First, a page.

Experience Hendrix followed up First Rays with an album of “previously unreleased” songs, Valleys of Neptune in 2010, which I snatched up immediately. The title track was one of the most coveted unreleased tracks in Hendrix’s catalog and it does not disappoint. It remains one of my favorite Hendrix tracks. It’s a trippy, mid tempo, Hendrix rock tune. The songs on this album were largely recorded in 1969 with the original Experience, drummer Mitch Mitchell, and bassist Noel Redding. Yes, the album had some loose, in studio, instrumentals which sound like jam sessions, rather than fully realized tunes, but there is a lot to like on this album. There are alternative versions of songs he released prior as well. I think it’s all still essential listening, especially in light of the fantastic sound of the record. Kramer is to be commended. It’s a must-have for fans of Hendrix.
Experience Hendrix then followed Valleys with an album of “12 previously unreleased” songs, People, Hell and Angels in 2013. Somehow that one got by me. I just picked it up last month and it’s very much in the same vein of Valleys. Although the songs on this album were recorded by the Band of Gypsies (Billy Cox on bass, Buddy Miles on drums) over the course of 1968 and 1969. Stephen Stills even shows up to play bass on the stand-out track, “Somewhere.” There are different versions of “Earth Blues” and “Izabella.” I have to admit, I really love Hendrix’s solo’ing on this album. He was truly in the zone when he was in the studio. And once again, the over-all sound of this record is fantastic. If you listen to it on headphones, there is a real danger your head might explode. This stuff might have already been out there in the vast world of bootlegs, but I have never come across any Hendrix boots (and I have a long bootleg history) and I’m pretty certain anything bootlegged wouldn’t sound this tremendous.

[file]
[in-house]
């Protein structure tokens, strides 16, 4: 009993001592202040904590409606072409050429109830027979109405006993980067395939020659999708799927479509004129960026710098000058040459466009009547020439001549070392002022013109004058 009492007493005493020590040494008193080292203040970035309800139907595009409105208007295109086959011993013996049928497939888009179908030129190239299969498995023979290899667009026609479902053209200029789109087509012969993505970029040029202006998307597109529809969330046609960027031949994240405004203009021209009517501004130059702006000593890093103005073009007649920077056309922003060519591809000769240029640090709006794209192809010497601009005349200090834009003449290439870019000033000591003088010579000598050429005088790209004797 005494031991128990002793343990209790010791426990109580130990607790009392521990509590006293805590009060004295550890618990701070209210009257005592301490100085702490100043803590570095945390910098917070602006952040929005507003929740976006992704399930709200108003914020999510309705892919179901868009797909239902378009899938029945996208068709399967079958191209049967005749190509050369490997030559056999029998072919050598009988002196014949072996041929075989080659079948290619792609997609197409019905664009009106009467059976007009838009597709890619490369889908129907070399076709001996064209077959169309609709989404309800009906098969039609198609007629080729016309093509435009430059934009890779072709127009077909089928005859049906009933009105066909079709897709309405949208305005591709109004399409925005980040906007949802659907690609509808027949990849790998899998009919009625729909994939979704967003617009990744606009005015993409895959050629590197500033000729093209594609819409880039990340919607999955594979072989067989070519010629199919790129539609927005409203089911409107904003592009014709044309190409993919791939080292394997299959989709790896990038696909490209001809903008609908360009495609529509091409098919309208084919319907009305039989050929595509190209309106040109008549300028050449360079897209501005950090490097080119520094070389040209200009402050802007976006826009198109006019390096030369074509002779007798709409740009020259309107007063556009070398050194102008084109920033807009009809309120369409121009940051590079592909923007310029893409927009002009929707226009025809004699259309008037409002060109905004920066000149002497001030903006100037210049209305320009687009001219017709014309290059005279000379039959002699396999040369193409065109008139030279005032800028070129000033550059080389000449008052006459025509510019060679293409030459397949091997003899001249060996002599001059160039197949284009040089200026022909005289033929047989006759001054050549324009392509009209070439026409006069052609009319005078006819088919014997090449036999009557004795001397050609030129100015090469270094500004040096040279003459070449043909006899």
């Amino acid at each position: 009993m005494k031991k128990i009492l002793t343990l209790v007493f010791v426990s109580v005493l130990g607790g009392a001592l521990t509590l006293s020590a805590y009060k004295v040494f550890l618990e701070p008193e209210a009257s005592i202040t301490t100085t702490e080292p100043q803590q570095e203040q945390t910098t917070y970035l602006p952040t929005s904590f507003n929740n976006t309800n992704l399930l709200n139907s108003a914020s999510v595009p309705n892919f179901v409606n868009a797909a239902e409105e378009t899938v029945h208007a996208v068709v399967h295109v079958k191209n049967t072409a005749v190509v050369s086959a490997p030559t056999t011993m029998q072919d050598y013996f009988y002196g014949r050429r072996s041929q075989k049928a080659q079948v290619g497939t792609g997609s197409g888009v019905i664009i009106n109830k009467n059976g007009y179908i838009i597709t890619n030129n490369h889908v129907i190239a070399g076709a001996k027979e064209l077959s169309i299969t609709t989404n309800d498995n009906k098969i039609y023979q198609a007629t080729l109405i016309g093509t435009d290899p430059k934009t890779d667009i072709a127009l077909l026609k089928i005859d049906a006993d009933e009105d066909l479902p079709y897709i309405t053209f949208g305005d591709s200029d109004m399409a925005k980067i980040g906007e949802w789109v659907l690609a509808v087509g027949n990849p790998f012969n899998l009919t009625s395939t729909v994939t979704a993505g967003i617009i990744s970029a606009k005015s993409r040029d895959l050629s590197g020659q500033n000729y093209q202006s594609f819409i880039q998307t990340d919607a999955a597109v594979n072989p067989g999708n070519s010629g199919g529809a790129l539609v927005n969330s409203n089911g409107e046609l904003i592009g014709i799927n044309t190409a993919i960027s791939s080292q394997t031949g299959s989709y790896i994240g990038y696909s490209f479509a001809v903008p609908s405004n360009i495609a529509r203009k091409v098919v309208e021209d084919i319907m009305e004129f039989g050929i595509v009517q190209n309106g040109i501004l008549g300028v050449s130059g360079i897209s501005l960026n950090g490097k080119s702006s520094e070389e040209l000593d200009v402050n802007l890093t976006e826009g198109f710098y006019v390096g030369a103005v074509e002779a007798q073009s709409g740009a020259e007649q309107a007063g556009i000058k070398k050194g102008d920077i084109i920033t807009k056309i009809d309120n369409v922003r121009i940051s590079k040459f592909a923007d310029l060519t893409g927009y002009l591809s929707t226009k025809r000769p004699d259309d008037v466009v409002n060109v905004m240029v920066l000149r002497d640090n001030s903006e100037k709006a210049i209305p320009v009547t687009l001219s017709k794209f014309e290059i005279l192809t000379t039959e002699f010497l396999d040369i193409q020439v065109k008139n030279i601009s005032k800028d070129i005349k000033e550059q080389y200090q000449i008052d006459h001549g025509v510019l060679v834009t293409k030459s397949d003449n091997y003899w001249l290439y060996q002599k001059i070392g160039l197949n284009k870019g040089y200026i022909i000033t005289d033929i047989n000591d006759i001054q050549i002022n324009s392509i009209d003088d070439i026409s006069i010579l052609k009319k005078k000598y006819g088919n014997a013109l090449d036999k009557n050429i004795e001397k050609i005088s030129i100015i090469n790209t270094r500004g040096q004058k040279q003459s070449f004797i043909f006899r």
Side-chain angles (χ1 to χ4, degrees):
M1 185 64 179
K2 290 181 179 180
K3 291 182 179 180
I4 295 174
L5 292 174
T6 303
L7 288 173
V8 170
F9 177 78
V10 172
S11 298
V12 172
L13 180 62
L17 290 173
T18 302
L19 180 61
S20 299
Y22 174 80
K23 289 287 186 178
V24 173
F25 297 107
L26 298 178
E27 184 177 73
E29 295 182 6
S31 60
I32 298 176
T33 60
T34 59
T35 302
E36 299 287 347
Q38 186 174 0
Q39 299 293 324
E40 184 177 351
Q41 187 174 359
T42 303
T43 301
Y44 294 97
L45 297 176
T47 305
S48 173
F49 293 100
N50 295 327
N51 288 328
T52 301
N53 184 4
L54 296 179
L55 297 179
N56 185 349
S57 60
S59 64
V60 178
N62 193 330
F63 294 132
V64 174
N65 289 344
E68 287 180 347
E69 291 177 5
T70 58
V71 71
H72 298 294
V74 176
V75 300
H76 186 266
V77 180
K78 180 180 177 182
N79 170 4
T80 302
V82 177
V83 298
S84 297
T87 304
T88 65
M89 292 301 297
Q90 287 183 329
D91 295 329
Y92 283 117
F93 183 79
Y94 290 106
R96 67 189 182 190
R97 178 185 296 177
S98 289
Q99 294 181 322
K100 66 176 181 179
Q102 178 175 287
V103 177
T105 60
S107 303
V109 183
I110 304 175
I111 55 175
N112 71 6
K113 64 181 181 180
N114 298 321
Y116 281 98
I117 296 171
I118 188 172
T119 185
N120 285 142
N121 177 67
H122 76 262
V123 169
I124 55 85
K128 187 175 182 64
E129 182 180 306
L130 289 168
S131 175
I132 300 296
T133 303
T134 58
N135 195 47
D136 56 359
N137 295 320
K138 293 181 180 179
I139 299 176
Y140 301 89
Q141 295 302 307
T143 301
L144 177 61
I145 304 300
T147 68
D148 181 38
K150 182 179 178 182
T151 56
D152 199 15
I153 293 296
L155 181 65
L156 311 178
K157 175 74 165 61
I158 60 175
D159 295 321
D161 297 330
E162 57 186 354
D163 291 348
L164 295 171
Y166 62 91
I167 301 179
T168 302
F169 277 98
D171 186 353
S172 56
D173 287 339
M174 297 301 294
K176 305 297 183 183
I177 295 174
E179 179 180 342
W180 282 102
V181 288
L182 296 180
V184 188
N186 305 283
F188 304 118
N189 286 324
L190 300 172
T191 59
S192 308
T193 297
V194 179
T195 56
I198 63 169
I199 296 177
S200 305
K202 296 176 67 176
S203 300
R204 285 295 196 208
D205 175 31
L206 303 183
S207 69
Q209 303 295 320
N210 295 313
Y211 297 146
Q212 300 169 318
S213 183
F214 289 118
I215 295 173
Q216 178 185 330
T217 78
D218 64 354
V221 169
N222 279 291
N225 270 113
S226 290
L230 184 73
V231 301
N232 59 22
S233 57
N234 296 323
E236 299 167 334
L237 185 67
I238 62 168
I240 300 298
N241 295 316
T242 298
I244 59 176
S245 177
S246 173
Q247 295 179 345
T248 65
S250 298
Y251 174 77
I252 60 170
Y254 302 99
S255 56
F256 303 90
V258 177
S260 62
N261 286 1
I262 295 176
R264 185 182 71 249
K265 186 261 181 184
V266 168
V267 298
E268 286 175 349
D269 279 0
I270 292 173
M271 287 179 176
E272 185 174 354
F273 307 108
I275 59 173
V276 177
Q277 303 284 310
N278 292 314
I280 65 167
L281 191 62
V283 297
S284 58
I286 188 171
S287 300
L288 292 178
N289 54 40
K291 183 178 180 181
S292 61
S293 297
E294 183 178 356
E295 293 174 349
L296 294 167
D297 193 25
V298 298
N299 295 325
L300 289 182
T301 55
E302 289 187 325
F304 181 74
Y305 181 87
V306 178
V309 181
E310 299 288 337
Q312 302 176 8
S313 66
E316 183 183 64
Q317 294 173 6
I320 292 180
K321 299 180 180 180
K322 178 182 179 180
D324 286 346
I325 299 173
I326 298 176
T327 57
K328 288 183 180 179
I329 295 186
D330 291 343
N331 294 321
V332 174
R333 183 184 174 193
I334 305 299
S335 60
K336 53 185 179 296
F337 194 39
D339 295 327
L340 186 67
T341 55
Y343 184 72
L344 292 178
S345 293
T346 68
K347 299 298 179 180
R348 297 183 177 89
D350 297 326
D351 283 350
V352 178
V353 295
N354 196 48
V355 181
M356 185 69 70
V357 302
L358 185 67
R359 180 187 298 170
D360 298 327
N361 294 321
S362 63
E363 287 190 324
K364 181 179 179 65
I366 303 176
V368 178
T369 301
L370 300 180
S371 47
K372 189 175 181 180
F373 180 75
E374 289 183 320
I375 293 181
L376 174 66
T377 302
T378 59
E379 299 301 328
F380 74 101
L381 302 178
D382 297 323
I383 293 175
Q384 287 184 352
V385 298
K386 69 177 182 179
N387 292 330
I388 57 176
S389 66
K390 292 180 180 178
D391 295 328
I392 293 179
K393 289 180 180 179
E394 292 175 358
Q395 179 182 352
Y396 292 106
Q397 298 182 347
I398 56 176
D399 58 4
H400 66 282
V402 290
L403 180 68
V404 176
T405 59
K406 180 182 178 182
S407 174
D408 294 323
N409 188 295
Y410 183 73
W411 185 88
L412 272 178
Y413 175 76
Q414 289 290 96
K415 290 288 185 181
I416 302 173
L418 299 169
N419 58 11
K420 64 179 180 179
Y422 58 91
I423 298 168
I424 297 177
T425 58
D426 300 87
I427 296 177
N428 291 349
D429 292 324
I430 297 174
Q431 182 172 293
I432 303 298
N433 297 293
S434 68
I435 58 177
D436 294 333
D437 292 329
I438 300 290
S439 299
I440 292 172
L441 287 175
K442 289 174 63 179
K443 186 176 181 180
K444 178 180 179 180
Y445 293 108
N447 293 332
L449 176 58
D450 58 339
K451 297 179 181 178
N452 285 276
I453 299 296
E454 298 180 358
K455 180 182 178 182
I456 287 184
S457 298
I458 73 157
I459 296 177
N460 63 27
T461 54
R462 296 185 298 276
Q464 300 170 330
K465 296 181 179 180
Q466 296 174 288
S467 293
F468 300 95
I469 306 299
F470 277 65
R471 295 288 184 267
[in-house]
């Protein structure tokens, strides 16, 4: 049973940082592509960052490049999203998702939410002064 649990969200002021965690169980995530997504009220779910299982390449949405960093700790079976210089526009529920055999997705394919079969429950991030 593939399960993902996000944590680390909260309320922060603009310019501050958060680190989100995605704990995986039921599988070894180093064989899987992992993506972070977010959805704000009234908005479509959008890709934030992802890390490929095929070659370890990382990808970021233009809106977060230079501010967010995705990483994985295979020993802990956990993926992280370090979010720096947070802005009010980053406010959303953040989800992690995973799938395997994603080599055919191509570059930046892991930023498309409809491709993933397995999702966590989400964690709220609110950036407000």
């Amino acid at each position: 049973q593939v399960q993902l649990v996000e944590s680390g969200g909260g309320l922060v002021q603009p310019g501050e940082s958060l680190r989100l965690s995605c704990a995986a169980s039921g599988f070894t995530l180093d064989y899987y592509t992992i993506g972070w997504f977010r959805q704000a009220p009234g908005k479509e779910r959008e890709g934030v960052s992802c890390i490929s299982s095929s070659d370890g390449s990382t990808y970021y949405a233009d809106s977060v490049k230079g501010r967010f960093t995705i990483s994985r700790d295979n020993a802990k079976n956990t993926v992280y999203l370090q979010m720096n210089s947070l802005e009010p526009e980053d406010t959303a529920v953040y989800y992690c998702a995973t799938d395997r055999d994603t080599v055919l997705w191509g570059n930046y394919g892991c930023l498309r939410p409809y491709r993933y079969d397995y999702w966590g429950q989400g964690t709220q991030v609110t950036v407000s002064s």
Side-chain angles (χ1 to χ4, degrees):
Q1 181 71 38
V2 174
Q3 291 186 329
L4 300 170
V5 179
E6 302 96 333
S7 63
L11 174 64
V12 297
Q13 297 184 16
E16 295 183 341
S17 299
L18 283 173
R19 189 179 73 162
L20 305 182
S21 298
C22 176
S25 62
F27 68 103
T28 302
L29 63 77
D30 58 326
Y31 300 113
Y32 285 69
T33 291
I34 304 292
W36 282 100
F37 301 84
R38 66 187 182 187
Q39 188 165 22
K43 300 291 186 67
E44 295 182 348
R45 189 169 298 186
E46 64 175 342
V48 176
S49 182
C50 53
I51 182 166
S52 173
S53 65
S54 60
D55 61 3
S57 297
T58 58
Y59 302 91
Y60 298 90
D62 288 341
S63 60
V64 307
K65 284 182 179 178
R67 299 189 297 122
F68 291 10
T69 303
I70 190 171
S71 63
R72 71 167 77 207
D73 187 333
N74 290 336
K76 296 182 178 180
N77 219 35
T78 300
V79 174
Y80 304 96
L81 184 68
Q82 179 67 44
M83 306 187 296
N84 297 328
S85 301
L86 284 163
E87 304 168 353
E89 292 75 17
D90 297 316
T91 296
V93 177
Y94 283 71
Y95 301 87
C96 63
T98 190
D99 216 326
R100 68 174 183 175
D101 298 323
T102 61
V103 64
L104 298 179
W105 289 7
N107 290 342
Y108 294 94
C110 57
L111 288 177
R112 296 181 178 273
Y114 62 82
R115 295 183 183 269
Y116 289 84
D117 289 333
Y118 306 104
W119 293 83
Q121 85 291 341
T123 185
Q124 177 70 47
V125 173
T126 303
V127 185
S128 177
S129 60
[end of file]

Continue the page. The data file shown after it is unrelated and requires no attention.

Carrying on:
At that point, I assumed the vaults were empty. I mean, Experience Hendrix had released a box-set of material, West Coast Seattle Boy that had to clear out the vaults, right? If Hendrix coughed near a microphone, it was recorded and released on that box… They even included Jimi sitting in a hotel room singing a cover by the Band (“Tears of Rage”), with an acoustic guitar and a tape recorder. I’m not sure how they did it, but it sounds a lot better than I thought it would. So at this point, could there really be any more in the vaults? The answer, it appears, is yes.